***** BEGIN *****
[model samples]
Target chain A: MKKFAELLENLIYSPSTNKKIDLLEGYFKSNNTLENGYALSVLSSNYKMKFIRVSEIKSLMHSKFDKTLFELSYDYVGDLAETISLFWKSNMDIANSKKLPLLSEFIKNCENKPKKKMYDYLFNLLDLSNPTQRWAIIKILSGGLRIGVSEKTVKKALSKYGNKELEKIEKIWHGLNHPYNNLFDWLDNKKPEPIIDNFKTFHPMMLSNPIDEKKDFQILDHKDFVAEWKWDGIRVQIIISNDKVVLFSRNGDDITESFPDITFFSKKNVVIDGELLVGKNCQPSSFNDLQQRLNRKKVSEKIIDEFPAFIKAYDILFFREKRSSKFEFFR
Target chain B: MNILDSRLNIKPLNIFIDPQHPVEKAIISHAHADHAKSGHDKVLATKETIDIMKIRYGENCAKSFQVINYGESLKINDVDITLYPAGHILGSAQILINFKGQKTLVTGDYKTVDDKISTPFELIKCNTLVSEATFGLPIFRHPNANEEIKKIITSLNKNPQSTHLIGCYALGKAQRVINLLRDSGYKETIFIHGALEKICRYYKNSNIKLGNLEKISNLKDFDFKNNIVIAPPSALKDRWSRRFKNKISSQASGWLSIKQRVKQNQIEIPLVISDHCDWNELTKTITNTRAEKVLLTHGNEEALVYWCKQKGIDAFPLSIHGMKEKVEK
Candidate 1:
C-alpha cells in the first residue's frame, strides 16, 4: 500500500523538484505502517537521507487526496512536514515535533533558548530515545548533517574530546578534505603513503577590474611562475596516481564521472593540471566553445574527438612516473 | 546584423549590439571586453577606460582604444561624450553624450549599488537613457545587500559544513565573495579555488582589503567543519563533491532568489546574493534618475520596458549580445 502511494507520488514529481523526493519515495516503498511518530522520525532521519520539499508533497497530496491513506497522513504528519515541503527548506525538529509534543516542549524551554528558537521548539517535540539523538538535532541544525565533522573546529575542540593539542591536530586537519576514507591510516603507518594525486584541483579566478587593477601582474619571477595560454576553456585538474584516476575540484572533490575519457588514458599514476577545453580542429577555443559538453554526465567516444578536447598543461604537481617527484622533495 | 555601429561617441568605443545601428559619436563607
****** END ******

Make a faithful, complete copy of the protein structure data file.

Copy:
[model samples]
Target chain A: MKKFAELLENLIYSPSTNKKIDLLEGYFKSNNTLENGYALSVLSSNYKMKFIRVSEIKSLMHSKFDKTLFELSYDYVGDLAETISLFWKSNMDIANSKKLPLLSEFIKNCENKPKKKMYDYLFNLLDLSNPTQRWAIIKILSGGLRIGVSEKTVKKALSKYGNKELEKIEKIWHGLNHPYNNLFDWLDNKKPEPIIDNFKTFHPMMLSNPIDEKKDFQILDHKDFVAEWKWDGIRVQIIISNDKVVLFSRNGDDITESFPDITFFSKKNVVIDGELLVGKNCQPSSFNDLQQRLNRKKVSEKIIDEFPAFIKAYDILFFREKRSSKFEFFR
Target chain B: MNILDSRLNIKPLNIFIDPQHPVEKAIISHAHADHAKSGHDKVLATKETIDIMKIRYGENCAKSFQVINYGESLKINDVDITLYPAGHILGSAQILINFKGQKTLVTGDYKTVDDKISTPFELIKCNTLVSEATFGLPIFRHPNANEEIKKIITSLNKNPQSTHLIGCYALGKAQRVINLLRDSGYKETIFIHGALEKICRYYKNSNIKLGNLEKISNLKDFDFKNNIVIAPPSALKDRWSRRFKNKISSQASGWLSIKQRVKQNQIEIPLVISDHCDWNELTKTITNTRAEKVLLTHGNEEALVYWCKQKGIDAFPLSIHGMKEKVEK
Candidate 1:
C-alpha cells in the first residue's frame, strides 16, 4: 500500500523538484505502517537521507487526496512536514515535533533558548530515545548533517574530546578534505603513503577590474611562475596516481564521472593540471566553445574527438612516473 | 546584423549590439571586453577606460582604444561624450553624450549599488537613457545587500559544513565573495579555488582589503567543519563533491532568489546574493534618475520596458549580445 502511494507520488514529481523526493519515495516503498511518530522520525532521519520539499508533497497530496491513506497522513504528519515541503527548506525538529509534543516542549524551554528558537521548539517535540539523538538535532541544525565533522573546529575542540593539542591536530586537519576514507591510516603507518594525486584541483579566478587593477601582474619571477595560454576553456585538474584516476575540484572533490575519457588514458599514476577545453580542429577555443559538453554526465567516444578536447598543461604537481617527484622533495 | 555601429561617441568605443545601428559619436563607